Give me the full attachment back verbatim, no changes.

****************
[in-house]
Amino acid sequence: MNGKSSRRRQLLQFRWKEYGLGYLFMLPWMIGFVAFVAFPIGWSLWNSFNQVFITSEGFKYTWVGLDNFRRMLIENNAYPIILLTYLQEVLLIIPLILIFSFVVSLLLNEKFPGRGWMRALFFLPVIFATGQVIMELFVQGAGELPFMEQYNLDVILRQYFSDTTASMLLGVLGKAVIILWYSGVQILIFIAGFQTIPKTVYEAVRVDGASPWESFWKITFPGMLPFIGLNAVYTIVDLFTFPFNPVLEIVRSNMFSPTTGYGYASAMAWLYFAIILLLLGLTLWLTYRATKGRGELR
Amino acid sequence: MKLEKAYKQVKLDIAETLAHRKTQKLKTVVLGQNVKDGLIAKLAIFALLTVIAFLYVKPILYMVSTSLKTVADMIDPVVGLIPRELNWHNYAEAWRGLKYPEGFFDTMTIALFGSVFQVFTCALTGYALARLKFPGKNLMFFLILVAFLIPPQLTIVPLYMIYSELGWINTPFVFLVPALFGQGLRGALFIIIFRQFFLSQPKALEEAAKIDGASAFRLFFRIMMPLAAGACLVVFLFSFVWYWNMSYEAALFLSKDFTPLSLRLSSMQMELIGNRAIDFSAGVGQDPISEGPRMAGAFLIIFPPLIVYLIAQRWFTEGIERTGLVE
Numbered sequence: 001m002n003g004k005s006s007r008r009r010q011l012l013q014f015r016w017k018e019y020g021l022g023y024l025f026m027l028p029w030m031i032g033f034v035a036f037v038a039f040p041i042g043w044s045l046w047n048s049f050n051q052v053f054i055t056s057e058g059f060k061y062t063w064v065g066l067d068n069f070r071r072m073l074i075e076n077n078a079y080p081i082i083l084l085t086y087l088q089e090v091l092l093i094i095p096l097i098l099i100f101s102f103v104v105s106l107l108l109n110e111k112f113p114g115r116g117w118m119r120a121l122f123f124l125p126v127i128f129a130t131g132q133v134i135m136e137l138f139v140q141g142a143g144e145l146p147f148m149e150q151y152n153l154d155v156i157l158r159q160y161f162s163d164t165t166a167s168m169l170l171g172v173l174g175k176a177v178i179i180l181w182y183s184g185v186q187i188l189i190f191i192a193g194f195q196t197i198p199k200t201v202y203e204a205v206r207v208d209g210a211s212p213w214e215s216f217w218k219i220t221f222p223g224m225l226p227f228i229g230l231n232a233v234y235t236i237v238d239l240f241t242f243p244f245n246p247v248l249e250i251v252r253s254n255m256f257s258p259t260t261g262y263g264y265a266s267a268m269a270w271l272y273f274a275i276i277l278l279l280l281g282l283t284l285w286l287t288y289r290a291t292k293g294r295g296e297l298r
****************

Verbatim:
[in-house]
Amino acid sequence: MNGKSSRRRQLLQFRWKEYGLGYLFMLPWMIGFVAFVAFPIGWSLWNSFNQVFITSEGFKYTWVGLDNFRRMLIENNAYPIILLTYLQEVLLIIPLILIFSFVVSLLLNEKFPGRGWMRALFFLPVIFATGQVIMELFVQGAGELPFMEQYNLDVILRQYFSDTTASMLLGVLGKAVIILWYSGVQILIFIAGFQTIPKTVYEAVRVDGASPWESFWKITFPGMLPFIGLNAVYTIVDLFTFPFNPVLEIVRSNMFSPTTGYGYASAMAWLYFAIILLLLGLTLWLTYRATKGRGELR
Amino acid sequence: MKLEKAYKQVKLDIAETLAHRKTQKLKTVVLGQNVKDGLIAKLAIFALLTVIAFLYVKPILYMVSTSLKTVADMIDPVVGLIPRELNWHNYAEAWRGLKYPEGFFDTMTIALFGSVFQVFTCALTGYALARLKFPGKNLMFFLILVAFLIPPQLTIVPLYMIYSELGWINTPFVFLVPALFGQGLRGALFIIIFRQFFLSQPKALEEAAKIDGASAFRLFFRIMMPLAAGACLVVFLFSFVWYWNMSYEAALFLSKDFTPLSLRLSSMQMELIGNRAIDFSAGVGQDPISEGPRMAGAFLIIFPPLIVYLIAQRWFTEGIERTGLVE
Numbered sequence: 001m002n003g004k005s006s007r008r009r010q011l012l013q014f015r016w017k018e019y020g021l022g023y024l025f026m027l028p029w030m031i032g033f034v035a036f037v038a039f040p041i042g043w044s045l046w047n048s049f050n051q052v053f054i055t056s057e058g059f060k061y062t063w064v065g066l067d068n069f070r071r072m073l074i075e076n077n078a079y080p081i082i083l084l085t086y087l088q089e090v091l092l093i094i095p096l097i098l099i100f101s102f103v104v105s106l107l108l109n110e111k112f113p114g115r116g117w118m119r120a121l122f123f124l125p126v127i128f129a130t131g132q133v134i135m136e137l138f139v140q141g142a143g144e145l146p147f148m149e150q151y152n153l154d155v156i157l158r159q160y161f162s163d164t165t166a167s168m169l170l171g172v173l174g175k176a177v178i179i180l181w182y183s184g185v186q187i188l189i190f191i192a193g194f195q196t197i198p199k200t201v202y203e204a205v206r207v208d209g210a211s212p213w214e215s216f217w218k219i220t221f222p223g224m225l226p227f228i229g230l231n232a233v234y235t236i237v238d239l240f241t242f243p244f245n246p247v248l249e250i251v252r253s254n255m256f257s258p259t260t261g262y263g264y265a266s267a268m269a270w271l272y273f274a275i276i277l278l279l280l281g282l283t284l285w286l287t288y289r290a291t292k293g294r295g296e297l298r